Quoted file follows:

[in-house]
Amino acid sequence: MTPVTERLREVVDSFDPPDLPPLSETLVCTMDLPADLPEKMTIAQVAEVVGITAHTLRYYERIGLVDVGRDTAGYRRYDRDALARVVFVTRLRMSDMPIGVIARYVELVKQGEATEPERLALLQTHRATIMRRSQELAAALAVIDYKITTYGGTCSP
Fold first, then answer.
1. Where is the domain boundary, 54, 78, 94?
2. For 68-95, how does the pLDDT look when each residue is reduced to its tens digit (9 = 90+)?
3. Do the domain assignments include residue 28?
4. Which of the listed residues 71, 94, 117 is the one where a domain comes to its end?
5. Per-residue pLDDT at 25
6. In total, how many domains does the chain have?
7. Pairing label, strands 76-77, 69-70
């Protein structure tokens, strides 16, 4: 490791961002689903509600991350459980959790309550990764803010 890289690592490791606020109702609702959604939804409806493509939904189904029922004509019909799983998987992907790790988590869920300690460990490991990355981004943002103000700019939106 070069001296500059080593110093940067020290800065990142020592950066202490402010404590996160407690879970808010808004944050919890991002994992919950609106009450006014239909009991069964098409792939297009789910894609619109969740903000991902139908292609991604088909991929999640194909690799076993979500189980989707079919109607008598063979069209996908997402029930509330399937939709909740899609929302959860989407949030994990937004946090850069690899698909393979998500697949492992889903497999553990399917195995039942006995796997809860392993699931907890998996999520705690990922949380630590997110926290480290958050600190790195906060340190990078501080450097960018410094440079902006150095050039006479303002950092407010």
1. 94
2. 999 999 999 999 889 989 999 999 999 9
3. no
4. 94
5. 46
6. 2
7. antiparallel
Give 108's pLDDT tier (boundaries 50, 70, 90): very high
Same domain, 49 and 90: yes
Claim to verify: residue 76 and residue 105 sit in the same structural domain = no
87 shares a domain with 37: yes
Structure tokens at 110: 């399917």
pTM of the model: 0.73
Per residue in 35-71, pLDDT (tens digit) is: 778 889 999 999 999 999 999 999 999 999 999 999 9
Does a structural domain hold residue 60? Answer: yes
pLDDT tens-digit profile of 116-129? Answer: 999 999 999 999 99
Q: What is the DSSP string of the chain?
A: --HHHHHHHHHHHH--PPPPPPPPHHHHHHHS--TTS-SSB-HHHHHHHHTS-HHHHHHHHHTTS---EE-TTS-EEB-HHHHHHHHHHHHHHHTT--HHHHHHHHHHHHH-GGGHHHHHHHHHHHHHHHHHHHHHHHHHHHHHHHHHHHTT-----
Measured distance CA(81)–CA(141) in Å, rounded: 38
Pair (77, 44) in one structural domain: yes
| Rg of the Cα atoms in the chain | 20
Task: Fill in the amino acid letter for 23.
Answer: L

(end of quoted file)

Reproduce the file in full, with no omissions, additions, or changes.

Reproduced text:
[in-house]
Amino acid sequence: MTPVTERLREVVDSFDPPDLPPLSETLVCTMDLPADLPEKMTIAQVAEVVGITAHTLRYYERIGLVDVGRDTAGYRRYDRDALARVVFVTRLRMSDMPIGVIARYVELVKQGEATEPERLALLQTHRATIMRRSQELAAALAVIDYKITTYGGTCSP
Fold first, then answer.
1. Where is the domain boundary, 54, 78, 94?
2. For 68-95, how does the pLDDT look when each residue is reduced to its tens digit (9 = 90+)?
3. Do the domain assignments include residue 28?
4. Which of the listed residues 71, 94, 117 is the one where a domain comes to its end?
5. Per-residue pLDDT at 25
6. In total, how many domains does the chain have?
7. Pairing label, strands 76-77, 69-70
């Protein structure tokens, strides 16, 4: 490791961002689903509600991350459980959790309550990764803010 890289690592490791606020109702609702959604939804409806493509939904189904029922004509019909799983998987992907790790988590869920300690460990490991990355981004943002103000700019939106 070069001296500059080593110093940067020290800065990142020592950066202490402010404590996160407690879970808010808004944050919890991002994992919950609106009450006014239909009991069964098409792939297009789910894609619109969740903000991902139908292609991604088909991929999640194909690799076993979500189980989707079919109607008598063979069209996908997402029930509330399937939709909740899609929302959860989407949030994990937004946090850069690899698909393979998500697949492992889903497999553990399917195995039942006995796997809860392993699931907890998996999520705690990922949380630590997110926290480290958050600190790195906060340190990078501080450097960018410094440079902006150095050039006479303002950092407010």
1. 94
2. 999 999 999 999 889 989 999 999 999 9
3. no
4. 94
5. 46
6. 2
7. antiparallel
Give 108's pLDDT tier (boundaries 50, 70, 90): very high
Same domain, 49 and 90: yes
Claim to verify: residue 76 and residue 105 sit in the same structural domain = no
87 shares a domain with 37: yes
Structure tokens at 110: 């399917």
pTM of the model: 0.73
Per residue in 35-71, pLDDT (tens digit) is: 778 889 999 999 999 999 999 999 999 999 999 999 9
Does a structural domain hold residue 60? Answer: yes
pLDDT tens-digit profile of 116-129? Answer: 999 999 999 999 99
Q: What is the DSSP string of the chain?
A: --HHHHHHHHHHHH--PPPPPPPPHHHHHHHS--TTS-SSB-HHHHHHHHTS-HHHHHHHHHTTS---EE-TTS-EEB-HHHHHHHHHHHHHHHTT--HHHHHHHHHHHHH-GGGHHHHHHHHHHHHHHHHHHHHHHHHHHHHHHHHHHHTT-----
Measured distance CA(81)–CA(141) in Å, rounded: 38
Pair (77, 44) in one structural domain: yes
| Rg of the Cα atoms in the chain | 20
Task: Fill in the amino acid letter for 23.
Answer: L